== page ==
Core i5 Gaming Build suggestions


BUDGET RANGE: 900-1000 before rebates, including shipping if possible

SYSTEM USAGE FROM MOST TO LEAST IMPORTANT: gaming, surfing the internet, watching movies)

PARTS NOT REQUIRED: keyboard, mouse, monitor, speakers, OS, optical drive

PREFERRED WEBSITE(S) FOR PARTS: Any reputable retailer


PARTS PREFERENCES: Open to new suggestions. I've always used Nvidia, but am open to ATI if it would be the right move

OVERCLOCKING: Possibily. Didn't overclock my last build, but might try it this time.

SLI OR CROSSFIRE: Probably not, but things could change in the future


ADDITIONAL COMMENTS: Want a nice looking case. I also want it to be future proof, and upgradable in the future.

Here is what I came up with on Newegg, but I know you guys could improve it. The price is starting

XCLIO Blackhawk Advanced Black Finish 0.8 mm SECC / ABS Plastic ATX Full Tower Extreme Cooling Computer Case

ASUS P7P55D PRO LGA 1156 Intel P55 ATX Intel Motherboard

Intel Core i5-750 Lynnfield 2.66GHz LGA 1156 95W Quad-Core Processor Model BX80605I5750

G.SKILL Ripjaws Series 4GB (2 x 2GB) 240-Pin DDR3 SDRAM DDR3 1333 (PC3 10666) Desktop Memory Model F3-10666CL7D-4GBRH

EVGA 896-P3-1255-AR GeForce GTX 260 Core 216 896MB 448-bit GDDR3 PCI Express 2.0 x16 HDCP Ready SLI Supported Video Card

SAMSUNG Spinpoint F3 HD502HJ 500GB 7200 RPM SATA 3.0Gb/s 3.5" Internal Hard Drive

Is that GTX 260 the best card for the money? Also, would it be in my best interest to get a DX11 card at this time? I most likely won't be overclocking unless the performance increases are noticable and substantial on any component. If I decide not to overclock, do I need a third party CPU cooler? I think I could probably save some money on the case, but I would like most of the features that the case I listed. Is this build the best system I can get for roughly 900-1000 dollars?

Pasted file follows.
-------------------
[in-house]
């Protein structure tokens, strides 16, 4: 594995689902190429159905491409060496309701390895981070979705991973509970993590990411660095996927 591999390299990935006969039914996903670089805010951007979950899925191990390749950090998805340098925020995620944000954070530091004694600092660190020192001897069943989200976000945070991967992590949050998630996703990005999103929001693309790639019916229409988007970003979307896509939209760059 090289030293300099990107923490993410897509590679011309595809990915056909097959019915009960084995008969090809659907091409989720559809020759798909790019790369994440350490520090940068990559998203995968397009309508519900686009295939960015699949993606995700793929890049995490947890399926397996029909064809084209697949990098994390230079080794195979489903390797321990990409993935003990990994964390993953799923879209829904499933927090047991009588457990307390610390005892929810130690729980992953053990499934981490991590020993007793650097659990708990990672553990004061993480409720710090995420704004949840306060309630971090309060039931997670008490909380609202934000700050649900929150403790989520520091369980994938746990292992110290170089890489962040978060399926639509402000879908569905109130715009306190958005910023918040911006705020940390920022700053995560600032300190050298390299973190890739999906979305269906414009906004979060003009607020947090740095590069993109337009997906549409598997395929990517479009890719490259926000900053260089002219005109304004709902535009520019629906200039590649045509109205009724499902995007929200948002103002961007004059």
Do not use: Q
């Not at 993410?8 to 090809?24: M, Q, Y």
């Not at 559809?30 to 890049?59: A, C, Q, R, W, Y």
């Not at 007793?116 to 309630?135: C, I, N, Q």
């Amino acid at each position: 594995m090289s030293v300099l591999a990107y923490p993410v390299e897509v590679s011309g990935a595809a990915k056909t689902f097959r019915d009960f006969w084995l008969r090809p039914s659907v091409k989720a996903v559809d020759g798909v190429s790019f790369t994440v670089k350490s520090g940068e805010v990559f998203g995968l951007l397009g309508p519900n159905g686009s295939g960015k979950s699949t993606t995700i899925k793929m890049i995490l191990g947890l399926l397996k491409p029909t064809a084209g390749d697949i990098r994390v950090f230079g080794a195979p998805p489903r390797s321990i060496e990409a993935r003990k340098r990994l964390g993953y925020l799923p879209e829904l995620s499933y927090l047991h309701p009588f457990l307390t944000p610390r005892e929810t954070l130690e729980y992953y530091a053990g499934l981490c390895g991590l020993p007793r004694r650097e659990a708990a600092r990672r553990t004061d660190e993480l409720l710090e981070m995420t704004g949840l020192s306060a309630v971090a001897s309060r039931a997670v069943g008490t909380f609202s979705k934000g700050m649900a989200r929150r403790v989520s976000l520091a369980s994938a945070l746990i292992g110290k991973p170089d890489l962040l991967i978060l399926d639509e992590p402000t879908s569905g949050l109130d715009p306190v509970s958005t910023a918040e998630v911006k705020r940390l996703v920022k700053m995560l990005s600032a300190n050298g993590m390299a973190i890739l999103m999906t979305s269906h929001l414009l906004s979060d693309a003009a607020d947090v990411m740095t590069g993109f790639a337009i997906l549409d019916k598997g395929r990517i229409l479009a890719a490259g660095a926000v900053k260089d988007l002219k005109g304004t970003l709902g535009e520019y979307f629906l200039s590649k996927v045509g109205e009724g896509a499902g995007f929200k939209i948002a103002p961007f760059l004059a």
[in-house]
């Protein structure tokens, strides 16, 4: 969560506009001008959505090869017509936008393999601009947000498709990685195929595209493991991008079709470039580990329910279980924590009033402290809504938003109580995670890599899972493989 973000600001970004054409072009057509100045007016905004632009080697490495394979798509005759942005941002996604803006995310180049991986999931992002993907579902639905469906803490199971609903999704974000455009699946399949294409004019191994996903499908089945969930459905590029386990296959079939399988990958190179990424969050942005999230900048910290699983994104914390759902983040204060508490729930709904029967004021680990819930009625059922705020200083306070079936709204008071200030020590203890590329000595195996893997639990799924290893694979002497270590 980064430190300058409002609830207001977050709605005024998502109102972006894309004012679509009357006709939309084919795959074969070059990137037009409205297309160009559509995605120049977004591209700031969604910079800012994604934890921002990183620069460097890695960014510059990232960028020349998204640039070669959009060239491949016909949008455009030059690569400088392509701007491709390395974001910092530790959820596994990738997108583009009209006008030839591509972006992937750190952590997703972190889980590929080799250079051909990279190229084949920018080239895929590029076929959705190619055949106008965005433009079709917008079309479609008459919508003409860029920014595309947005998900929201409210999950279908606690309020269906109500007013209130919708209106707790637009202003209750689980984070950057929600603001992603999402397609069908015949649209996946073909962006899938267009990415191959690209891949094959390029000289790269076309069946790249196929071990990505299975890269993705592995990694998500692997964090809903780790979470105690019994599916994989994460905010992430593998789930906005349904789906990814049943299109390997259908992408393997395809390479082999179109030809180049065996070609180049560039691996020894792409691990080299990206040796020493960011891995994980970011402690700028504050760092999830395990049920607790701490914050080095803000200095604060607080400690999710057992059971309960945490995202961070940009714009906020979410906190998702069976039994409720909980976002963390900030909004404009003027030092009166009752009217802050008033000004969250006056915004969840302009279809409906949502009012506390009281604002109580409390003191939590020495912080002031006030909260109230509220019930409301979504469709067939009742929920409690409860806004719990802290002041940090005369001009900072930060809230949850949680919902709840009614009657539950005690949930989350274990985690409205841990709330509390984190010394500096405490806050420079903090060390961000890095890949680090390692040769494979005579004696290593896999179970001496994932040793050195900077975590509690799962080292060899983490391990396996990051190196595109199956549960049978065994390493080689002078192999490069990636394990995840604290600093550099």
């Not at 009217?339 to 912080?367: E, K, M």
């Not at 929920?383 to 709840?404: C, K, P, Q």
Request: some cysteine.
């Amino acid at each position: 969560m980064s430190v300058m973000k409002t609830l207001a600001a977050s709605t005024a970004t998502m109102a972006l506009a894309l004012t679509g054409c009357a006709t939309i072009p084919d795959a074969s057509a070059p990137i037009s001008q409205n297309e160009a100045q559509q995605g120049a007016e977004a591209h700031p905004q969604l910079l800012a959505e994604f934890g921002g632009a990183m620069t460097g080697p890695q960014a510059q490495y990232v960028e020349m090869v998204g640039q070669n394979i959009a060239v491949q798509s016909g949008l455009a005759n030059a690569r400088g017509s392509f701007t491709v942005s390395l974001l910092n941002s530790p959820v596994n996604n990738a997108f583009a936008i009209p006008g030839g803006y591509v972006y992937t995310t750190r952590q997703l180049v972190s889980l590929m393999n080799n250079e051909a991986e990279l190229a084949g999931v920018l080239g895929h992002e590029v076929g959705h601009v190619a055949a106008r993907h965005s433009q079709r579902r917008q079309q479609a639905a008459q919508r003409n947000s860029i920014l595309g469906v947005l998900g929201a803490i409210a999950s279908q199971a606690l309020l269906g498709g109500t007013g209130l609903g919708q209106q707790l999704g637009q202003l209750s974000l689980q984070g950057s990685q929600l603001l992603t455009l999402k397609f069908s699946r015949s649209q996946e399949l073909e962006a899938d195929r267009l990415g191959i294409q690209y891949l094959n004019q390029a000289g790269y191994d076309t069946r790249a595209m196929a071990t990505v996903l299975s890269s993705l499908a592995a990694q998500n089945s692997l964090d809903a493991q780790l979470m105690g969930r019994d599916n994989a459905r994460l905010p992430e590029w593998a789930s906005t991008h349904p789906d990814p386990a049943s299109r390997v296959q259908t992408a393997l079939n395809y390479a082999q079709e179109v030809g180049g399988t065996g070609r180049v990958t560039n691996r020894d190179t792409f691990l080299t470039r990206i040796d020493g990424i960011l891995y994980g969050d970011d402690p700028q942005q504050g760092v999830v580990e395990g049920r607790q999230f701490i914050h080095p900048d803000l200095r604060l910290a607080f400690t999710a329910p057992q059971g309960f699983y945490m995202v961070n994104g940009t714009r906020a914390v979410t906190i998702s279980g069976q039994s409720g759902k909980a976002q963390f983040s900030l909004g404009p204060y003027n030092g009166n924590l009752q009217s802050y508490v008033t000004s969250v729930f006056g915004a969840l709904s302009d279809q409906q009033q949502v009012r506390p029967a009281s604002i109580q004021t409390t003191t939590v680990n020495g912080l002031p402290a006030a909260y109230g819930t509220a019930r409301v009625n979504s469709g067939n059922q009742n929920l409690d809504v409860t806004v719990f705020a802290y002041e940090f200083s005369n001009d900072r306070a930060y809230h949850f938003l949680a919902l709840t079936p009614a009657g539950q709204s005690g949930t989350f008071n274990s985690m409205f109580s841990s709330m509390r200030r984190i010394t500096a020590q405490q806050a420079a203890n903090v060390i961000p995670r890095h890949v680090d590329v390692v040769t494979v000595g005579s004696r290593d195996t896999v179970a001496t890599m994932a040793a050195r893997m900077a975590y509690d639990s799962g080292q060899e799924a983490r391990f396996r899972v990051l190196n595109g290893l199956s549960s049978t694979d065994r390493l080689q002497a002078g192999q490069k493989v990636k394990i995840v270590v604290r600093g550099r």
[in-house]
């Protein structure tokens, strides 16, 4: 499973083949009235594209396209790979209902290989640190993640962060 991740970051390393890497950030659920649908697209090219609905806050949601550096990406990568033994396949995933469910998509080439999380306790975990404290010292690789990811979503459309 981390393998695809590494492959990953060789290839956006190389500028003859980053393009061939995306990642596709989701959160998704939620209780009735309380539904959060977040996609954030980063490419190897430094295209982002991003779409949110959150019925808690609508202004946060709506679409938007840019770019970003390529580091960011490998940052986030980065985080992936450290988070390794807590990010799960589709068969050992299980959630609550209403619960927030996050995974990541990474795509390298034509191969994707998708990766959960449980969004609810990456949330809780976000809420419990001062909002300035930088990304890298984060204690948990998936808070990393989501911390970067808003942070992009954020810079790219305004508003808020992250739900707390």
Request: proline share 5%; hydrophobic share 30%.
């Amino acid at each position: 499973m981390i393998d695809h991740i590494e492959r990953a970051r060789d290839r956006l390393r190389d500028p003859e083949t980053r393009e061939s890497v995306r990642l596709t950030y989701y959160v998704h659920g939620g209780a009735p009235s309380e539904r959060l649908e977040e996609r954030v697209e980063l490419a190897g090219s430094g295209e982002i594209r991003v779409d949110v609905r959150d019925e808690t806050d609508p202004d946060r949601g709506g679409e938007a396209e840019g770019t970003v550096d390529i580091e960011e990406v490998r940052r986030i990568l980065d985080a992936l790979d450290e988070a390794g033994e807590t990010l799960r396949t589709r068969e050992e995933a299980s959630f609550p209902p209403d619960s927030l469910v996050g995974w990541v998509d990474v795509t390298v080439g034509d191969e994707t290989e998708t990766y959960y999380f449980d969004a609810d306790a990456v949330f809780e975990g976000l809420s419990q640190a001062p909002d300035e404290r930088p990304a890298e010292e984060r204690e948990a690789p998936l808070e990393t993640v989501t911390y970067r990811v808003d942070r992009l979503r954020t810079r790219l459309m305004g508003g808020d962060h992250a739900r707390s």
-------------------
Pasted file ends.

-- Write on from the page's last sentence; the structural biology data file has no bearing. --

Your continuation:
Thanks guys,

4 answers Last reply
More about core gaming build suggestions
  1. Sorry, I should have added, I'm not sure what PSU to get. What do you guys suggest?

  2. Case: You're spending way too much on that case. I highly recommend the HAF 922 or Antec 900.

    Mobo: For $30 more (basically what you didn't spend on the case), you can get a USB 3/SATA III board.

    RAM: For the same price, you can get the 1600 mhz CAS Latency 7 Ripjaws.

    GPU: Definitely go with ATI. nVidia is being destroyed right now, and ATI's cards are much more future proof. I'd recommend the HD 5770 for $160ish. It's a little lower on the performance side, but it's cheaper, has DirectX 11 support, and is better in a dual card solution.

    If you can squeeze the existing build by $90 through combos and what not, you should get an HD 5850 for $300.

    PSU: OCZ StealthXStream 700W $60 after rebates. It's a good quality PSU for very cheap. It's also in a few combos...


    DirectX 11 is not that useful today. However, the shift is inevitable. So it doesn't make sense to spend $200+ on a GPU today only to have to spend another $200+ later on to get DX 11.

    Overclocking gives really good, cheap performance gains. Generally, it only takes the adjustment of a few settings. It's especially easy on GPUs, as both ATI and nVidia have a tool to do it, and no additional cooling is needed. ATI's 5xxx series is especially good for overclocking because they don't use much power any way.

    If you do not overclock the CPU, you don't need an aftermarket cooler.
  3. Thanks. What about open-box items? Have you had any bad experiences with open-box items?
  4. I haven't bought any open box items. I do know that you're likely to only get the actual part (no cables, no software, no screws, etc.). As far as quality, I believe the open-box items are just new items that have been opened to essentially scavenge for the accessories, but I could be wrong.

    The cutting costs was mainly for combos, cheaper similar parts, and other deals.
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